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No. of Recommendations: 1
Morningstar has a very long commentary on risks and opportunity in the property and casualty insurance space, which includes some sections on Markel:

Coronavirus Poses Risk for P&C Insurers but Also Opportunity

Losses look manageable, and this could be a good time to buy.

Mentioned: WR Berkley Corp (WRB) , American International Group Inc (AIG) , Markel Corp (MKL) , Progressive Corp (PGR) , The Travelers Companies Inc (TRV) , Chubb Ltd (CB)


https://www.morningstar.com/articles/987068/covid-19s-wide-i...

It typically takes time for insurance claims to come in after an event, but to the extent possible, insurers want to make sure they are recording claims losses when they happened. For natural catastrophes, insurers will typically estimate the ultimate claims they expect to incur over time and record the full amount in the period in which the natural catastrophe occurred. The difference between this charge and actual claims received is called “incurred but not reported.” In the context of COVID-19, this is trickier, as the event is ongoing, and actual claims activity was minimal in the first quarter. Therefore, the relative charges individual companies took in the first quarter, in our view, are more reflective of their approach to recognizing IBNR, as opposed to their actual exposure. At one end, Chubb took a minimal claim, taking the stance that it did not have enough information to make an informed IBNR estimate, whereas we believe Markel (MKL), on the other end, took the most aggressive approach in trying to fully estimate its losses.

Still, there is some information to be gleaned, and we see Markel’s estimate as the most interesting. On its call, management said its charge reflected its best estimate of the more immediate COVID-19 claims, particularly business interruption and event cancellation, but did not encompass more second-order effects in workers’ comp, liability, and surety. Still, while further losses are likely, Markel’s first-quarter estimate is very manageable at about 6% of annualized premiums and supports the idea that the industry can absorb these losses.

...

The COVID-19 crisis shows how two seemingly uncorrelated risks (equity market movements and claims losses) can become quickly and unexpectedly correlated. We believe an equity-heavy approach significantly raises uncertainty for Markel, as it faces potential stress on both sides of the balance sheet, and we believe investors should look for a higher margin of safety relative to its peers. Investment portfolios are used to pay claims. We believe the strategy of most insurers is to maintain a high-quality fixed-income portfolio to cover its loss reserves (typically with a bit of a cushion) and only then look to invest the excess in higher-risk securities. Except for Markel, fixed-income portfolios fully cover loss reserves at the companies we cover.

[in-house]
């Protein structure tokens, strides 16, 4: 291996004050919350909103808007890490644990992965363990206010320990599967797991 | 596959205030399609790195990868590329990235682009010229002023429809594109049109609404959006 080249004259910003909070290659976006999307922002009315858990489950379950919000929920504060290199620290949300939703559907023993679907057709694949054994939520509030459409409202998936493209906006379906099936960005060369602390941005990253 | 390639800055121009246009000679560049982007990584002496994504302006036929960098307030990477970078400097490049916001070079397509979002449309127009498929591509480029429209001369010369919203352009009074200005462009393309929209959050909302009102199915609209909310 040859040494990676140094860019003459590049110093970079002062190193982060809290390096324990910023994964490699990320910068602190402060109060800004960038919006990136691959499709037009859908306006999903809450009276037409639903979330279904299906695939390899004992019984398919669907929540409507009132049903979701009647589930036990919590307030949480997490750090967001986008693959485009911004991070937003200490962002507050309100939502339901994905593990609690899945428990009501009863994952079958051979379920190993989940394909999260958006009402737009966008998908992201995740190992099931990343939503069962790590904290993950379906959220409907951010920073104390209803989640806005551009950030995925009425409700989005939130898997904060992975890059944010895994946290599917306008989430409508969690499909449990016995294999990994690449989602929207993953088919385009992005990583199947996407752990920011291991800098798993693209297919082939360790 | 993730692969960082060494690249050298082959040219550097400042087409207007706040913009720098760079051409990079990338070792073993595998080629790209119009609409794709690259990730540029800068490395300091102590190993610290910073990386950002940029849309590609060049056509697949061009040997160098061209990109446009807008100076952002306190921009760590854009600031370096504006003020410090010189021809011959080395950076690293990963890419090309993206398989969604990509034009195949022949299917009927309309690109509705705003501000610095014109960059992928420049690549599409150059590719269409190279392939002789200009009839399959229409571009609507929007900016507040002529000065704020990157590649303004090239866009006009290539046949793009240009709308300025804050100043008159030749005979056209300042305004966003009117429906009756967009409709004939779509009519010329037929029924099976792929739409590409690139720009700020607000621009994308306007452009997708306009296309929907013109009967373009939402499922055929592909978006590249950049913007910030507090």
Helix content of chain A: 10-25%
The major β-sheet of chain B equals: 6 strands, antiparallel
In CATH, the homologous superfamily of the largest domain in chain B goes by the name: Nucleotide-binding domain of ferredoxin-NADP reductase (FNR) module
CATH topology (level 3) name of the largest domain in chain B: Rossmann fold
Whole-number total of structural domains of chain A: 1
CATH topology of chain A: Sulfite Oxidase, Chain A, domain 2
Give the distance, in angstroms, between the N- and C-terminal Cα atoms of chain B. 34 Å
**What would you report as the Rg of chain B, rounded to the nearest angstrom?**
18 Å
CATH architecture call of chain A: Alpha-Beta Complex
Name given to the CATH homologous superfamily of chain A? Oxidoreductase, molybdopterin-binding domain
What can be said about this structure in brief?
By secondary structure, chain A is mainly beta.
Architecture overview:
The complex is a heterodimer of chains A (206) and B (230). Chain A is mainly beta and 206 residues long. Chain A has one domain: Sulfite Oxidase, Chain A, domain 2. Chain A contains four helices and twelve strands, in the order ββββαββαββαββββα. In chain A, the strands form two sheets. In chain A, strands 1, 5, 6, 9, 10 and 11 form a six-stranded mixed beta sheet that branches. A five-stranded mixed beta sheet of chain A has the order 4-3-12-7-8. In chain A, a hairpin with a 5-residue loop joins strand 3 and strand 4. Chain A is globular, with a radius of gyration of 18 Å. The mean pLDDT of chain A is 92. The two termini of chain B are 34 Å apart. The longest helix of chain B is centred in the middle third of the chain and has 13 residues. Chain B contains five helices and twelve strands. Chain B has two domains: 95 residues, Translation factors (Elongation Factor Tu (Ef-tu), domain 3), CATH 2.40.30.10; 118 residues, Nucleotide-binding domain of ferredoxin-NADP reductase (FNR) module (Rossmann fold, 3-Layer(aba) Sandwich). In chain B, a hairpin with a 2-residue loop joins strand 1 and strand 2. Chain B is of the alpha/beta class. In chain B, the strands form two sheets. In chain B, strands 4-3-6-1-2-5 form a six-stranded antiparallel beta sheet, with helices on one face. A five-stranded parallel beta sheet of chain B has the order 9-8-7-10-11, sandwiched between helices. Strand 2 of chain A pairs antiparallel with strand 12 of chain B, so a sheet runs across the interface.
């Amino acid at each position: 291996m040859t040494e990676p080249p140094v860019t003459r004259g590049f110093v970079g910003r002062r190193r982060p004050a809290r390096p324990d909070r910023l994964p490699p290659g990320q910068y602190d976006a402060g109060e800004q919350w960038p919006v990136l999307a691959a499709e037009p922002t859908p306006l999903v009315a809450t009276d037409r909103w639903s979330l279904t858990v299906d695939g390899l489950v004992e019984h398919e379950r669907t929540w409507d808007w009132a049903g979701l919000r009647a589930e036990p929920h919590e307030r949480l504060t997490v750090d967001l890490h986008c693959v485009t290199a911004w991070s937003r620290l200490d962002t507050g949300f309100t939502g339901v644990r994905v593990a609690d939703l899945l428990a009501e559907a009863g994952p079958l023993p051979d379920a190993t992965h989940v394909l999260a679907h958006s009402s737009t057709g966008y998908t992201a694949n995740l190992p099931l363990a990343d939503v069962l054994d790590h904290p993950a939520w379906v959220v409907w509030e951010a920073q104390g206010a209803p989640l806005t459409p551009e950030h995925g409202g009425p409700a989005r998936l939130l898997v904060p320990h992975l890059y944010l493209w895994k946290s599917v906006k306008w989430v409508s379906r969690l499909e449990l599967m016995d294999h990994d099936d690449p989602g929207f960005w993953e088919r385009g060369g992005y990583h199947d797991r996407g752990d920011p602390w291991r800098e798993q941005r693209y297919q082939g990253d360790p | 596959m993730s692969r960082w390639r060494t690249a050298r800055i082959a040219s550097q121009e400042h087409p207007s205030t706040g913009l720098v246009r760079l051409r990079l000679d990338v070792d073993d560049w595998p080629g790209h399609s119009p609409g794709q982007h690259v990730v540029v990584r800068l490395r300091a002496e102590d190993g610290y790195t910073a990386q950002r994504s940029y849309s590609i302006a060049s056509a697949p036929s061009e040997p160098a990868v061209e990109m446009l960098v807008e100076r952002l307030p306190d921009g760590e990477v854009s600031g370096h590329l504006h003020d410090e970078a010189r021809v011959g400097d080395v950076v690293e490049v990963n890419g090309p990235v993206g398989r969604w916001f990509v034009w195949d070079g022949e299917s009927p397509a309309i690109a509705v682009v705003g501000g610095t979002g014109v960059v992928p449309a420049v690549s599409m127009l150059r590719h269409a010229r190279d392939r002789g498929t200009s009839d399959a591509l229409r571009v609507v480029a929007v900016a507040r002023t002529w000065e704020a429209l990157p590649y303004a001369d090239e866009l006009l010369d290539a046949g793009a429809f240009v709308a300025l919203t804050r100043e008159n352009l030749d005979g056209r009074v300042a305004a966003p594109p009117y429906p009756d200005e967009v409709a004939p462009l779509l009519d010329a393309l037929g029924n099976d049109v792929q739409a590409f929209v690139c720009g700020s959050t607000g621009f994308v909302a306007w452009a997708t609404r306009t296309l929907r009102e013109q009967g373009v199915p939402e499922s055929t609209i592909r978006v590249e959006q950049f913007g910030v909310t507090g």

In addition to having more of its claims-paying ability contingent on the value of its equity portfolio, Markel’s overall investment portfolio relative to its loss reserves looks low relatively to peers. This does not overly concern us for a couple of reasons. First, within our coverage, we believe Markel is the most conservative in setting reserve estimates, as demonstrated by the relatively high level of favorable reserve development it has recorded historically. As such, its loss reserves are probably modestly overstated on a relative basis. Second, in addition to its publicly traded stock investments, Markel historically has acquired noninsurance operations, and we believe management sees these acquisitions as part of its overall investment portfolio. These noninsurance operations generated $264 million in EBITDA in 2019. While these operations are diffuse and the company’s disclosures don’t allow for individual valuations, to get Markel’s overall ratio of investment portfolio to loss reserves in line with the peer group average, we would only have to assume an enterprise value/EBITDA multiple of 9 times for these businesses, which seems reasonable. Still, these businesses ramp up the portion of claims-paying ability tied to equity investments and could prove difficult to sell in a worst-case scenario.